April 2, 2010 – Tesoro Refining & Marketing Company, Anacortes, WA. A rupture in aging equipment triggered an explosion that killed seven workers. Federal and state investigators later determined that Tesoro acted with knowing indifference and disregard for the danger to its workers. A ruptured heat exchanger at the Tesoro Refinery about 70 miles north of Seattle, WA caused an enormous explosion that rocked the plant and killed seven workers. A six-month long investigation by Washington state OSHA personnel determined that the explosion could have been prevented if the company had carried out proper testing and maintenance of the equipment. Tesoro had only tested the 40 year old heat exchangers once, back in 1998, but cancelled plans to do so again in 2008. Testing after the explosion found numerous cracks in the welds of the heat exchanger that exploded. Washington OSHA cited Tesoro with 39 “willful” health and safety violations and slapped the company with a $2.39 million fine, the largest in the agency’s history. “Willful” violations, rarely employed by state and federal OSHA inspectors, indicate that the company knowingly violated legal safety standards and was indifferent to correcting these deficiencies.

Dec. 9, 2010 – AL Solutions Plant, New Cumberland, WV. An explosion of undetermined origin killed two brothers working at the plant and injured a third worker. According to media accounts, the AL Solutions plant has earned a reputation as a “dangerous place to work” and the deaths of the two brothers represent the third and fourth deaths, respectively, at the plant in the last 15 years. AL Solutions manufactures additives for the aluminum industry and processes titanium powder, which is highly explosive and burns particularly hot. Investigators are still examining the incident to determine the cause of the explosion.

March 2, 2010 – Northwest Insulation, Artesia, NM. Four insulation contractors were installing insulation on top of a new crude storage tank. Workers were welding when a fire ignited. Two workers were injured when they fell while a third remained on top of the tank and was fatally burned. A fourth worker was confirmed dead more than a week later. The plant refines crude oil into gasoline, jet fuel and other petroleum products and operates 24 hours a day. An OSHA investigation into the cause of the accident is ongoing.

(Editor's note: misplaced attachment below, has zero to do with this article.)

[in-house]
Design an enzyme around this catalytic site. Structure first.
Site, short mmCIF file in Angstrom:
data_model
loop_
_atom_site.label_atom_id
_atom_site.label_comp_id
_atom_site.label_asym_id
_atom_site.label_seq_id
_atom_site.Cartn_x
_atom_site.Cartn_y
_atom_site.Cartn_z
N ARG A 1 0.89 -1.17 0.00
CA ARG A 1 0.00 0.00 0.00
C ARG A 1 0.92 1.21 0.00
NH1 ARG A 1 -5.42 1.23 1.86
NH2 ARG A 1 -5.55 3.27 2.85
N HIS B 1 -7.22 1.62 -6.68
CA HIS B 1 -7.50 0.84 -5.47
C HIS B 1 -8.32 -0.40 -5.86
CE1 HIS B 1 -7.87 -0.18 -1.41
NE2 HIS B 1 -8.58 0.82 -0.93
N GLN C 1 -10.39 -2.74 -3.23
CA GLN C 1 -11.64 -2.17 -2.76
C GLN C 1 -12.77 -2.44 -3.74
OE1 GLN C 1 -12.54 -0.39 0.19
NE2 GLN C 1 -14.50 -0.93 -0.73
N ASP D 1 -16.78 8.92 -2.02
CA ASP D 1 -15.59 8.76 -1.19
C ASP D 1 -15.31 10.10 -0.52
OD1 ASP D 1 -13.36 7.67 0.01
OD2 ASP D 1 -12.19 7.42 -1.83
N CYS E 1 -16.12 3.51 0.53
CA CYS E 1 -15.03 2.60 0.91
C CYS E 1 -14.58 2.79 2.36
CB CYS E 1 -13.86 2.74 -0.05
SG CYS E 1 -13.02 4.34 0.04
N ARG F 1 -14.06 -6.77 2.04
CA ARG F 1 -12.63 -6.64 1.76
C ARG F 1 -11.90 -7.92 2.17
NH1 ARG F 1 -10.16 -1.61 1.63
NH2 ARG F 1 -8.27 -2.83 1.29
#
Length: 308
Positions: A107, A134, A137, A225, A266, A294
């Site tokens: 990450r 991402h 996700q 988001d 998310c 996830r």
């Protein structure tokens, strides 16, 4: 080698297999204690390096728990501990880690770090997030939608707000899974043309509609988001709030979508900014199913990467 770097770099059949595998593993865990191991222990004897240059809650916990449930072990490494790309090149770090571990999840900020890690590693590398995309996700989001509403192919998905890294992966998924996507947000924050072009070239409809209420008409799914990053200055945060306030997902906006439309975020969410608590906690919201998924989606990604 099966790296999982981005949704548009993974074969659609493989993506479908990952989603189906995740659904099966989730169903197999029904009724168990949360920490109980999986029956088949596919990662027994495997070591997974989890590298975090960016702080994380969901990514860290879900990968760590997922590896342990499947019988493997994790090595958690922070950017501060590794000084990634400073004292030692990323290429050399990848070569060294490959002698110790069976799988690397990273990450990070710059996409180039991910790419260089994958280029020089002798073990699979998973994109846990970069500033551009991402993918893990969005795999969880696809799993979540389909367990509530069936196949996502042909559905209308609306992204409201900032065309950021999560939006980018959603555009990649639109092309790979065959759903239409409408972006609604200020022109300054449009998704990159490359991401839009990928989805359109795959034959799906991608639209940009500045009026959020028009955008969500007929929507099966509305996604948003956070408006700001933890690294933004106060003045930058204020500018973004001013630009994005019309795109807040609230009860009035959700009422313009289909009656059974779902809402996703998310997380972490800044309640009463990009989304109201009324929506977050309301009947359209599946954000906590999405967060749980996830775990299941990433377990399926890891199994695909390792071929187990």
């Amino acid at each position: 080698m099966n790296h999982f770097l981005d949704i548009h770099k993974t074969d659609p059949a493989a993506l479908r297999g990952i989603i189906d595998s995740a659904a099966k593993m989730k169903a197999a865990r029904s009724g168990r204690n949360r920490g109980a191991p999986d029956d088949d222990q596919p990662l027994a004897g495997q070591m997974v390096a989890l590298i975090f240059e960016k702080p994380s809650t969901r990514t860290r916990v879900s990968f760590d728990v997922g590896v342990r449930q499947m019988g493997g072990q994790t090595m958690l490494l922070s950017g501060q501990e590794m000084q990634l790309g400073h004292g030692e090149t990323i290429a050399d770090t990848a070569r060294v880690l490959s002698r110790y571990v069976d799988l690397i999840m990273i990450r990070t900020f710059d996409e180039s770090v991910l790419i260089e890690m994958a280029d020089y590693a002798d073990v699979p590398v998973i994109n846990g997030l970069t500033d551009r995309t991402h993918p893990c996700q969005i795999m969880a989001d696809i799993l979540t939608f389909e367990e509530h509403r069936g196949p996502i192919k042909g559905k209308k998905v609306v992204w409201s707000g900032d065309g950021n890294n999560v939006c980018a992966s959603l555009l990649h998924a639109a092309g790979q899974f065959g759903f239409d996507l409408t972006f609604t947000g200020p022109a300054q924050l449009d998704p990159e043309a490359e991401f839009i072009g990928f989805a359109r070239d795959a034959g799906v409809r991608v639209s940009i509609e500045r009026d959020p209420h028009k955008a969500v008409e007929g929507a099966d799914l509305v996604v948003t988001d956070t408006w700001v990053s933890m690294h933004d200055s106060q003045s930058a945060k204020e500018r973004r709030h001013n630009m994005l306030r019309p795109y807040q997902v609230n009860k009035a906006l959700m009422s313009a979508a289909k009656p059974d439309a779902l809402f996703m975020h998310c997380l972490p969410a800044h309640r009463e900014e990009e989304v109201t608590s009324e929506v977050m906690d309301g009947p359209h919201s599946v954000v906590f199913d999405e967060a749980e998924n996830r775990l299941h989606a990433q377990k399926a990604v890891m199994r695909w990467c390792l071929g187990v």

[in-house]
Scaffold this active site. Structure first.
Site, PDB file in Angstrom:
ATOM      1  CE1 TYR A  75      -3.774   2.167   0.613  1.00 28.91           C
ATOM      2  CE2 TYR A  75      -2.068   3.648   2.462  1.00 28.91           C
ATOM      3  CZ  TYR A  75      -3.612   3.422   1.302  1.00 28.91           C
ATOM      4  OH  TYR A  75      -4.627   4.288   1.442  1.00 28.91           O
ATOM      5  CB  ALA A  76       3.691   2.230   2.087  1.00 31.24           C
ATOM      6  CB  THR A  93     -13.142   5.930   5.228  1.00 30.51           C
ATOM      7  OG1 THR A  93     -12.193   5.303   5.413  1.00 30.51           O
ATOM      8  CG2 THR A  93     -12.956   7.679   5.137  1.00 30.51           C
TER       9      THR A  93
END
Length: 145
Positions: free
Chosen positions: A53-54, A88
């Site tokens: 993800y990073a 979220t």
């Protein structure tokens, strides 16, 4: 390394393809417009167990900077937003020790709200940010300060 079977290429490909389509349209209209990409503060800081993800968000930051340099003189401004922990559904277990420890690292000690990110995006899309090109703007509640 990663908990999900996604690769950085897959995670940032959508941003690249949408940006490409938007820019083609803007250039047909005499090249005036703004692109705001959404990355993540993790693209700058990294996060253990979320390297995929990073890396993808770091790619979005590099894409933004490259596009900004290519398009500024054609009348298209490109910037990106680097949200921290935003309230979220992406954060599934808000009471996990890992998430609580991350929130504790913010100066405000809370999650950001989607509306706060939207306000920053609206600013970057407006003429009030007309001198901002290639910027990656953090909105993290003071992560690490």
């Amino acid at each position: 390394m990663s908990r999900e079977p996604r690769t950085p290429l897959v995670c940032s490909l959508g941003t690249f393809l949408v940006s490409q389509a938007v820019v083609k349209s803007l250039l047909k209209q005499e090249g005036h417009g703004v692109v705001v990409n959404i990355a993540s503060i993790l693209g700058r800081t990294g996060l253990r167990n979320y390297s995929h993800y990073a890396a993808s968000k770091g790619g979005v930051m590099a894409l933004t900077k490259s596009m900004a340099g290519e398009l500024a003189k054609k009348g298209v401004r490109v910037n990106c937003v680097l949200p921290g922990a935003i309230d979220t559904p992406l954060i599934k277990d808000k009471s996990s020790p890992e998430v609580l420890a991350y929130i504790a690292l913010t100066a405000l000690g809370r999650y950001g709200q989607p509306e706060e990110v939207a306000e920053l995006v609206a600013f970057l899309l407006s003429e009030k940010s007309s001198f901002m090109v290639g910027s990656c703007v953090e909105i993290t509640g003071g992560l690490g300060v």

May 5, 2010 – Amtec Corporation, Huntsville, AL. Two workers were killed in a violent explosion at a plant that manufactures rocket fuel. The two were separating chemicals at the plant when an enormous explosion ripped through the facility, fatally burning the two workers. One paramedic who responded to the scene later described the site of the blast as “horrific,” according to media accounts of the incident. Federal investigators later cited the plant’s owners for six serious violations and willfully exposing workers to fire and explosive hazards without proper protection.

June 12, 2010 – Top Notch Cleaners, LLC, Valley, AL. Two employees of the company were buffing floors during the night at a mental health outpatient facility with machines that use propane gas. An employee of the outpatient facility discovered both men dead the next morning. Both the employee and the police who responded to the incident smelled gas when they entered the building where the men were working. Investigators believe carbon monoxide poisoning and inadequate ventilation contributed to the deaths, according to media accounts.

July 22, 2010 – Horsehead Corp., Monaca, PA. An explosion at the Horsehead zinc refinery, a facility with a long history of safety violations and OSHA citations, killed a pair of workers and injured two others. The Horsehead refinery is the largest zinc refinery in the country. First responders said it was hours before emergency personnel could safely enter the plant to check on the victims after the explosion. Although investigators have still not determined the cause of the blast, the company has a long history of safety violations, according to OSHA. Since 2006, the company has received citations from OSHA for more than 50 violations, including citations for 27 “serious” violations for failing to provide adequate safety protections to workers. The company has also been cited for a failure to keep adequate records pertaining to its safety procedures.

July 23, 2010 – Northeast Energy Management Inc., Cheswick, PA. Two workers engaged in arc welding were burned to death when the tank they were working on exploded, throwing their bodies approximately 60 feet away from the site of the ignition. The explosion and fire that killed the workers was the third involving Northeast Energy Management since September 2007, when one employee was severely burned in an explosion at a gas and oil well. Northeast has been cited repeatedly by OSHA for a litany of safety violations including 10 serious violations in connection with September 2007 explosion. The company also paid a $4,000 fine in November 2008 in connection with a drilling rig fire at another of its facilities.

Dishonorable Mention

September 29, 2010 – C. Johnson & Son Excavating, Kalamazoo, MI. A single worker was killed when an 8-foot-deep trench collapsed while he was working in it, according to the Kalamazoo County Sheriff’s Office. The incident is currently under investigation by the Michigan Occupational Safety and Health Administration. This fatality is symbolic; the unfortunate fact is that incidents such as this remain all too common in the American workplace and most are entirely preventable if basic safety precautions are in effect.